By Claire Dietz
It’s that time of year again, when theaters begin to announce their 2017-18 seasons, and Hancher Auditorium is no different. Now in its second year in its new building, Hancher promises another great lineup for the season.
This season is unique for Hancher because it marks its 45th anniversary.
Hancher Education Manager Micah Ariel James said the success of this year’s season has created an excited, and maybe even anxious, feeling around the facility.
“There’s an air of celebration in this season,” she said. “Because following a new season, how can we maintain this level of excitement in the community?”
James is not worried, however. Next season, the lineup boasts Leslie Odom Jr., The King and I, Joshua Bell, the New York City Ballet, Motown: The Musical, Kinky Boots, Taylor Mac, and the Chicago Symphony Orchestra, just to name a few.
Odom was in town earlier this spring as a part of the UI Lecture Committee series, and he will take the Hancher stage on Sept. 14.
James said that during the years without a proper auditorium, Hancher still strove to bring the best and brightest artists to its various venues, and that desire has not burned out.
“We want to maintain that and the excitement to show artists who haven’t been around in this area or are making their début in this region,” she said. “There is this opportunity to bring in things we’ve seen before and seen new options.”
Something is new at the auditorium this year: the “Embracing Complexity” series, which will, according to the website, “take a multidisciplinary and collaborative approach to building understanding of contemporary Islamic cultures and Muslim identity.”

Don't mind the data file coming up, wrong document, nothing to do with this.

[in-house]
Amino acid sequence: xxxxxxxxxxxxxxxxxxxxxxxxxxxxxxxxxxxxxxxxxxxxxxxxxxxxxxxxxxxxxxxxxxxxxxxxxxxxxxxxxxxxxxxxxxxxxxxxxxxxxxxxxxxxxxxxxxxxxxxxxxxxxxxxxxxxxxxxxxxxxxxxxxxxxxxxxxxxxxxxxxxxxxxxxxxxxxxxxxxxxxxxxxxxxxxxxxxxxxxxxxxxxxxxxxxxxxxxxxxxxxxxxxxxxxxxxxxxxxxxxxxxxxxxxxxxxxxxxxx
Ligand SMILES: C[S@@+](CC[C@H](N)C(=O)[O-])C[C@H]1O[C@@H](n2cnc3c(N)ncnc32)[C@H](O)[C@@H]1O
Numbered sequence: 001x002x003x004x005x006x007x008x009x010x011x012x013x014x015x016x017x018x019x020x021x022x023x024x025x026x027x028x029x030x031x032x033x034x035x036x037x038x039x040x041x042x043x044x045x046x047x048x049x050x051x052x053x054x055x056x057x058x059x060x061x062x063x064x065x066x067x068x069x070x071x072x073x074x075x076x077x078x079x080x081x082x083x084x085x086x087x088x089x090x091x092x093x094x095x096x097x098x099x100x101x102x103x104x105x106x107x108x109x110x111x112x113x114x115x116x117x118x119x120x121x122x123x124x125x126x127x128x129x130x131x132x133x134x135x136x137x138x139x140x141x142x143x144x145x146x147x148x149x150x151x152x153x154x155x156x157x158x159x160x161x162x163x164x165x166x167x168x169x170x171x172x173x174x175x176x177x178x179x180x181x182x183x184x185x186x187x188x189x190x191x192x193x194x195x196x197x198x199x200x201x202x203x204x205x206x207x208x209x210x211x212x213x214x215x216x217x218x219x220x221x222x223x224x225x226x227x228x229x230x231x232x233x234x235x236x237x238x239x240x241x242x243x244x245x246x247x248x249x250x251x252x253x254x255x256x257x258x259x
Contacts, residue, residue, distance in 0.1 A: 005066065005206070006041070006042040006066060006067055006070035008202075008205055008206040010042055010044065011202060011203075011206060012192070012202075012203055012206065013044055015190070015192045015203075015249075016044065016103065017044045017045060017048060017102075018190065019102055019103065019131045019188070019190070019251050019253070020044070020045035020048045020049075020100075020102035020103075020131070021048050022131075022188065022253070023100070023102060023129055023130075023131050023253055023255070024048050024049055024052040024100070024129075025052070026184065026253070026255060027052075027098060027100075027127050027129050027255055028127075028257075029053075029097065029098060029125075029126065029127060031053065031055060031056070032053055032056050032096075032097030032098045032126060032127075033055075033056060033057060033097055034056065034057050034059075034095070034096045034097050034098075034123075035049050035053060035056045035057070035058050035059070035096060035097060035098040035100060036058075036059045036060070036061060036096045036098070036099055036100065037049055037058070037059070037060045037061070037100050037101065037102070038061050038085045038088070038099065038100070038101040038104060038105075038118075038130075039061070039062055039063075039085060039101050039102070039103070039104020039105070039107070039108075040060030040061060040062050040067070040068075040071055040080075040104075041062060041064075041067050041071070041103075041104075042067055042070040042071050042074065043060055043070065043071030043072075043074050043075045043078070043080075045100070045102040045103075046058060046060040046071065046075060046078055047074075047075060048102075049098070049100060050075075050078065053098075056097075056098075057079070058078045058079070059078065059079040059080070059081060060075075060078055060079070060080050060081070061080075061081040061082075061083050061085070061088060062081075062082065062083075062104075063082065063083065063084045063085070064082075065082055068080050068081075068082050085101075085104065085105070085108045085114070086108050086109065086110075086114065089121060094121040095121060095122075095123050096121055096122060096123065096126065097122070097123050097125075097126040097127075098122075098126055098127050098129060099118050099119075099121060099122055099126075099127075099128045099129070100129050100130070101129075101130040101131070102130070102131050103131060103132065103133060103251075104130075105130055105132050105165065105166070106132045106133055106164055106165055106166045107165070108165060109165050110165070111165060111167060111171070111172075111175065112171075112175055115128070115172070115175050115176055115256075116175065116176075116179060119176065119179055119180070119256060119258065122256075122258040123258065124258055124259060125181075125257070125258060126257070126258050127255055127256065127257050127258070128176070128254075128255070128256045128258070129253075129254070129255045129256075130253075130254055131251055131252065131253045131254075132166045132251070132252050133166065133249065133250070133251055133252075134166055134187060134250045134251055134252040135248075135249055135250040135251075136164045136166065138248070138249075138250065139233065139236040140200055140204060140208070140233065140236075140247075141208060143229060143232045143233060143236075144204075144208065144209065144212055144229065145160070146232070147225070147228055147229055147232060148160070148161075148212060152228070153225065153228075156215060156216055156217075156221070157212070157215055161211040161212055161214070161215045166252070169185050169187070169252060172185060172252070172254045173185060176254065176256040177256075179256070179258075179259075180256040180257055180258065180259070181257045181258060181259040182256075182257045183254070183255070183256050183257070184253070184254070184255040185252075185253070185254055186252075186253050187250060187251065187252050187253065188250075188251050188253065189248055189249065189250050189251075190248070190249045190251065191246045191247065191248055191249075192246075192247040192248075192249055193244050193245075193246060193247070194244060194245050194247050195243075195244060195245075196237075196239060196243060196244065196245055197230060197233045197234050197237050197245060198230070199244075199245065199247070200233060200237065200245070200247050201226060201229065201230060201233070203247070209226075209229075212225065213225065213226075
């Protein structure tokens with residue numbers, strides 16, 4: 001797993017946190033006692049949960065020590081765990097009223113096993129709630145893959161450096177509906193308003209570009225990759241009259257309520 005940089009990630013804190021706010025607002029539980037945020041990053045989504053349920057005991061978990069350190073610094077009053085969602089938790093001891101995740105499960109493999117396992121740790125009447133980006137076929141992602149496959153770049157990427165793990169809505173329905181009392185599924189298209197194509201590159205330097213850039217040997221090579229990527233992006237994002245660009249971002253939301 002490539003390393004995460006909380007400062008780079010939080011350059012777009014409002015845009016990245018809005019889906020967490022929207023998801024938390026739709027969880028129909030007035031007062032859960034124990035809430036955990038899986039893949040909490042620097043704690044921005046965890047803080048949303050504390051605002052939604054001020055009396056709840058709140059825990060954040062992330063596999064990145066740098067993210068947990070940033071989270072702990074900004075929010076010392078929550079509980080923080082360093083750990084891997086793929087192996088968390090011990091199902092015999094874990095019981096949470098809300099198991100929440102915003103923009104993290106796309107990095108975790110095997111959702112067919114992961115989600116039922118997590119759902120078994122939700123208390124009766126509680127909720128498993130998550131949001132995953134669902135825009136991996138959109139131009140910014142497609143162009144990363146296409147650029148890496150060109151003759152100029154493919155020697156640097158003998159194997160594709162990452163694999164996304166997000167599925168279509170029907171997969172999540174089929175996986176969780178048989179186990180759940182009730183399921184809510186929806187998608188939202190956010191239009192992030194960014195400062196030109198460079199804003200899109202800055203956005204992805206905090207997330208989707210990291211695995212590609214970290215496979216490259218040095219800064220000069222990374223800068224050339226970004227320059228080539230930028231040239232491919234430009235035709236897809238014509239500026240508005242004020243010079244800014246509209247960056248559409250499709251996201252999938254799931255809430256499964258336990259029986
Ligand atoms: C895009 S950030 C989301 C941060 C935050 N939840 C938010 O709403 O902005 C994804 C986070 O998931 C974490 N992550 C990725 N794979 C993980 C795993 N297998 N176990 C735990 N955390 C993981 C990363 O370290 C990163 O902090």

It will feature Niyaz, G. Willow Wilson, Amir ElSaffar and Rivers of Sound, Zeshan Bagewadi and the Transistors, and the production of Feathers of Fire: A Persian Epic.
The new project is a result of Hancher being awarded a grant from the Association of Performing Arts Professionals for the Building Bridges: Arts, Culture, and Identity program.
The group awarded Hancher the grant because it, according to the press release, “sought projects designed to build knowledge and appreciation for arts and culture with roots in Muslim-majority societies.”
James said this will result in Hancher connecting with numerous departments at the University of Iowa as well as bringing the larger Iowa City community into the fold in order to further discuss what it means to be Muslim and the Muslim identity. The Hancher people are excited to see what conversations will come out of the project.
“Artists will be in residence at various times over the course of two years and will work with partners both on and off the University of Iowa campus on a broad range of activities, including performances, classes, exhibits, discussions, and lectures,” a release said. “The project will also document and explore the experiences of Muslims in eastern Iowa through sharing of local stories and oral histories.”
The release went on to describe the goal of the project as a way to “build textured knowledge of Islamic cultures while creating a greater sense of empathy for the experiences of peoples of diverse racial, ethnic, and religious backgrounds. We believe this is an urgent program at this moment.”